In summer 2015, I did an internship with Fitbit on the product design team. I contributed to new product development, working closely with the mechanical engineering team on CAD models in Creo, drawings, tolerance analysis, experimental design, and failure analysis. We went overseas to work with contract manufacturers as well, where I learned invaluable lessons about what it takes to bring a product to market.
During the summer of 2014, I worked as an intern at Studio Murmur. For one major project, we researched a new, compostable, eco-friendly material made from mushroom mycelium. It is an alternative to plastics and foams and is made by colonizing sawdust and other “waste” materials with mushroom mycelium (essentially, the roots of a mushroom). We spent 4 weeks growing and observing the material and then performed a strength analysis of material swatches made with different sawdusts and reinforcement. We compiled our findings into a report which was made available to the public. I also designed an entry for the Ario Lighting Competition for LED light bulbs, gaining facility in CAD, rendering, and visual communication of ideas. Furthermore, I investigated burgeoning projects and ideas through research and by creating mood boards, sketches, and working drawings.
During the school year 2014, I planned a tour to Chicago in January 2015 for Redhot & Blue, Yale’s oldest co-ed a cappella group. I booked concerts, planned housing, created and put out publicity materials, and organized transportation. I am also a singer in the group. This year I will be planning another tour for my senior a cappella group, Whim ‘n Rhythm.
Since September 2013, I have been working as a design aide for Yale’s Center for Engineering, Innovation, and Design. I advise other students about their projects, help them with unfamiliar tools, and supervise the workspace. Furthermore, I planned and led a workshop on ways to make 3D objects from flat materials. I led 8 students through many examples and exercises in thinking 2D to 3D, including: brainstorming existing examples of 2D to 3D production, thinking through their own ideas with foam core board and exacto knives, learning about CNC routers, putting together a chair from CNC machined pieces, and making their own laser-cut bobblehead dolls (using a vector image of the profile of their face!). I repeated this workshop in the fall and am looking forward to learning more about rapid prototyping as I explore the possibilities.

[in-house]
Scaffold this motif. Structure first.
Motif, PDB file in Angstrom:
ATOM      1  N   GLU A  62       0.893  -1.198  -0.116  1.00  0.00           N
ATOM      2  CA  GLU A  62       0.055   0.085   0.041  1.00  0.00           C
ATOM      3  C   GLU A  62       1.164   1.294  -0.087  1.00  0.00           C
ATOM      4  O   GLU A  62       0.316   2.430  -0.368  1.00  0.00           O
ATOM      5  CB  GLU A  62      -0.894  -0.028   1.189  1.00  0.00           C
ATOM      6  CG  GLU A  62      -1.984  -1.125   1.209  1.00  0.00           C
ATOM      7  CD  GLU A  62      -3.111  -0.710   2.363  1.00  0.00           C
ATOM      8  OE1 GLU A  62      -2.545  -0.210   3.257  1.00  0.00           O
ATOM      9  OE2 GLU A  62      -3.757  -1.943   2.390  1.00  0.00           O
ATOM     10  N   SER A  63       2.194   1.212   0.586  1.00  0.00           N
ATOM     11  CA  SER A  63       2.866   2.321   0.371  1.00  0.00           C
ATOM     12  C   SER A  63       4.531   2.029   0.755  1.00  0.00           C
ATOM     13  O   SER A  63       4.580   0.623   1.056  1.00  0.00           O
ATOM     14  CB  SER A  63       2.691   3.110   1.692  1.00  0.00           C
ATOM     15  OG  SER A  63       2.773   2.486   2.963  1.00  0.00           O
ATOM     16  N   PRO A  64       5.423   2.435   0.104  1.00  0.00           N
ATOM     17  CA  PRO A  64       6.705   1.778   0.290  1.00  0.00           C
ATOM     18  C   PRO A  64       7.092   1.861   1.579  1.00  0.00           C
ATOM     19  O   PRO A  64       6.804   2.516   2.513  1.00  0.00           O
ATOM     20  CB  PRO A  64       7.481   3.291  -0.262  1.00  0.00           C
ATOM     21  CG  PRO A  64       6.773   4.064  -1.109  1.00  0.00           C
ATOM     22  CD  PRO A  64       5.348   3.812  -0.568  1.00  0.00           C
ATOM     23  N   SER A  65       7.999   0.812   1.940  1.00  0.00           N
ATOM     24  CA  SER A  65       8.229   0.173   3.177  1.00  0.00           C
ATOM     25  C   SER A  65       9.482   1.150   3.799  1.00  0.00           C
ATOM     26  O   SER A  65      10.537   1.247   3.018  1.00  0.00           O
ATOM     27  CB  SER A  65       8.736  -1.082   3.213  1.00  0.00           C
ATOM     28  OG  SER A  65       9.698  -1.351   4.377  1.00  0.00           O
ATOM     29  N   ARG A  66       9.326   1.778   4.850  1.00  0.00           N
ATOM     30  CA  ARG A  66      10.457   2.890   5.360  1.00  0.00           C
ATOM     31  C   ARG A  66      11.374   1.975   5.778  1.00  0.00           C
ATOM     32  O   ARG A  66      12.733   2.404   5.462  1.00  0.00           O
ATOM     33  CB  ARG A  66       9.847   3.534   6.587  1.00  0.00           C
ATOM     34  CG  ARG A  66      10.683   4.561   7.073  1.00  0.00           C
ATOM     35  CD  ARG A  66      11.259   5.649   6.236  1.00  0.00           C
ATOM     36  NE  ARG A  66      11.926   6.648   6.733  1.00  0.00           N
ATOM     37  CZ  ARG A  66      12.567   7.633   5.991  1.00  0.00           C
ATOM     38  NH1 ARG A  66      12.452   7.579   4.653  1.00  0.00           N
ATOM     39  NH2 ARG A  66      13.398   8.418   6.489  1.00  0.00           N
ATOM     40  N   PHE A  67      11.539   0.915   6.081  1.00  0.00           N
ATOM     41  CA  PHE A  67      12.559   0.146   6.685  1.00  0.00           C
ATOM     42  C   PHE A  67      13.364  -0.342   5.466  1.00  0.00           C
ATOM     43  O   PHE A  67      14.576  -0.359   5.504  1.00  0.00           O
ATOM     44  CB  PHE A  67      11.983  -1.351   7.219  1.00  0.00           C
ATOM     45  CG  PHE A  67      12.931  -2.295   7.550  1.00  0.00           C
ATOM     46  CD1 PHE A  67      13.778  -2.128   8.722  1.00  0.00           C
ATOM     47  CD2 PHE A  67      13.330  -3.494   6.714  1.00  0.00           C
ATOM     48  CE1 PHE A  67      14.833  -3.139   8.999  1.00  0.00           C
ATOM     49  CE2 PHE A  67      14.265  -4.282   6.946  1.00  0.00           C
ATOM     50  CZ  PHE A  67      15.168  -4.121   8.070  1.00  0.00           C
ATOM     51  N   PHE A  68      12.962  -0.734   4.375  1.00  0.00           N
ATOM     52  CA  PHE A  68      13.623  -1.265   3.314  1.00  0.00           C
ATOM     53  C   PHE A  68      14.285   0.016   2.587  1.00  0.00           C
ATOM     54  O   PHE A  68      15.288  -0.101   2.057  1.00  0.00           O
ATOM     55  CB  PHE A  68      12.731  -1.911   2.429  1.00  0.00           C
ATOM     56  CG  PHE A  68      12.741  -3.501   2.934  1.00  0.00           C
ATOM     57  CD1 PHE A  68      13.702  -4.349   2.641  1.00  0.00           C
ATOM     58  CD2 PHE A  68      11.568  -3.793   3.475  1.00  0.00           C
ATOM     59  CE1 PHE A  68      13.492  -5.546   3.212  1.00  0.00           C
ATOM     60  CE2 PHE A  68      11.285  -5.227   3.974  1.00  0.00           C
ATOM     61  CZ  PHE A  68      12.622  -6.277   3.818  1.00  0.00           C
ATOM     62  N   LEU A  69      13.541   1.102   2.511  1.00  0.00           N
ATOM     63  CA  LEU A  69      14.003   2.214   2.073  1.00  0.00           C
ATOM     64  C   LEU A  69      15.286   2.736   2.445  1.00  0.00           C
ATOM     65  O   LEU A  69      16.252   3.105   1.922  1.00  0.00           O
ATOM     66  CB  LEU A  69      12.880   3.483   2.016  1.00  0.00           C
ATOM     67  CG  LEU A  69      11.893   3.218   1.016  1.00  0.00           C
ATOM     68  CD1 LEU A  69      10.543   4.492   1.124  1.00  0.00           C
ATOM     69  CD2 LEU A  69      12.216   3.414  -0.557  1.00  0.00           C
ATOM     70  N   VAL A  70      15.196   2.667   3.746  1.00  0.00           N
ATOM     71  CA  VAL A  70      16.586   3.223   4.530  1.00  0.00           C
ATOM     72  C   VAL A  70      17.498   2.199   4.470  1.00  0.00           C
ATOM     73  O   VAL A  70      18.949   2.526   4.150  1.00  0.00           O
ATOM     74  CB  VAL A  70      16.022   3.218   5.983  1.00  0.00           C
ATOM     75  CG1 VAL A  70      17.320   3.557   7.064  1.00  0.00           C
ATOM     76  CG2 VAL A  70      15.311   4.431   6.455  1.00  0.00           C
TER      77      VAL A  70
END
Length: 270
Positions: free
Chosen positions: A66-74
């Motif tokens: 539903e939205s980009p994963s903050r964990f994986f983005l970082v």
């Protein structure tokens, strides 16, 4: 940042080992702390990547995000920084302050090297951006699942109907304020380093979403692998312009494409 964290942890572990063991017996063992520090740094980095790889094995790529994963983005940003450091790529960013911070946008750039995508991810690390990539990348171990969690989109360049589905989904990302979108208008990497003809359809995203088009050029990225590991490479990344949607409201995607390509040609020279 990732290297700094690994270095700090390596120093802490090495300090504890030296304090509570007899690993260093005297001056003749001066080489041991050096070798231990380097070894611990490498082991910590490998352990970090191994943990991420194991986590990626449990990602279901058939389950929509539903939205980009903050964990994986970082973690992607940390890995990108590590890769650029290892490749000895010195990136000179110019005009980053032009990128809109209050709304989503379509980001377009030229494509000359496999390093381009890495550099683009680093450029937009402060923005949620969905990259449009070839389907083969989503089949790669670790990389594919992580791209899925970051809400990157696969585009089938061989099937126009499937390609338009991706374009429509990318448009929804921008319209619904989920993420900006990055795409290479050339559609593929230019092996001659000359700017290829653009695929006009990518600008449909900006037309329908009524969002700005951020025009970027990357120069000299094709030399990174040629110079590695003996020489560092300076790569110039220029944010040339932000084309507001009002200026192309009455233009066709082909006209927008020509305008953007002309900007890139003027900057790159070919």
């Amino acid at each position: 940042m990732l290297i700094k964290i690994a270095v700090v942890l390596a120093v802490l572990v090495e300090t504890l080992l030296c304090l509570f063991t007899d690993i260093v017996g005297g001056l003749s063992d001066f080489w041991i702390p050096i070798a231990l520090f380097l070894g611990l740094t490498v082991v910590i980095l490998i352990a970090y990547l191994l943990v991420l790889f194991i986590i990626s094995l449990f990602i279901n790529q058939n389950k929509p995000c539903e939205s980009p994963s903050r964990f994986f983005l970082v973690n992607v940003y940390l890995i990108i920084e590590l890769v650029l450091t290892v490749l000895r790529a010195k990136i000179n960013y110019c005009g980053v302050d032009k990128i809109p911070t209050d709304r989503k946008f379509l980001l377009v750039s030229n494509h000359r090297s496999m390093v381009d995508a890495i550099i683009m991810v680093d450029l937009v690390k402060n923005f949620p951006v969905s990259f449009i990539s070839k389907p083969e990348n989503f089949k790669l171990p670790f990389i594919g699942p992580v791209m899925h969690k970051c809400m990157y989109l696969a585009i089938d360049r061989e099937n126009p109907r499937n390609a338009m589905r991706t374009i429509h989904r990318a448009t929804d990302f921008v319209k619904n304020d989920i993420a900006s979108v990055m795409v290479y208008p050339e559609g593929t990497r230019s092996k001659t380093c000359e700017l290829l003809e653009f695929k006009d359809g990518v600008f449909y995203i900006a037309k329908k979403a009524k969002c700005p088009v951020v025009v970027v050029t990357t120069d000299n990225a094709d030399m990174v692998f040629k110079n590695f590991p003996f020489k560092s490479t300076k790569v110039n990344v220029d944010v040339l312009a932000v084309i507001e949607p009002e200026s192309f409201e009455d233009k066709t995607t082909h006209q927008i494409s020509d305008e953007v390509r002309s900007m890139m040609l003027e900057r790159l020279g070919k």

Furthermore, in 2013-2014, I served as business manager for Redhot & Blue. This entailed booking gigs, coordinating transportation (cars, planes, trains, etc.), long-term budget planning, finding and coordinating rehearsal and performance spaces, taking attendance, and acting as part of the group’s administration.
During the summer of 2012, I researched with Dr. Elizabeth Gerber in the Creative Action Lab (now the Delta Lab) at Northwestern University’s Segal Design Institute. There, I studied crowdsourcing and crowdfunding. My main project’s goal was to categorize and describe the range of crowd platforms currently available on the web by gathering and organizing the information I found. Additionally, I worked with other lab members to run a Kickstarter campaign for the distribution of our research and interview crowdfunders. I also used open data coding to highlight and catalog relevant information in interviews with crowdfunders about technology’s role in the design process.
During the summer of 2011, I studied at the Women’s Technology Program at MIT in Electrical Engineering and Computer Science. Projects included programming Tetris in Python and designing a motor which went at 5,000 rpm.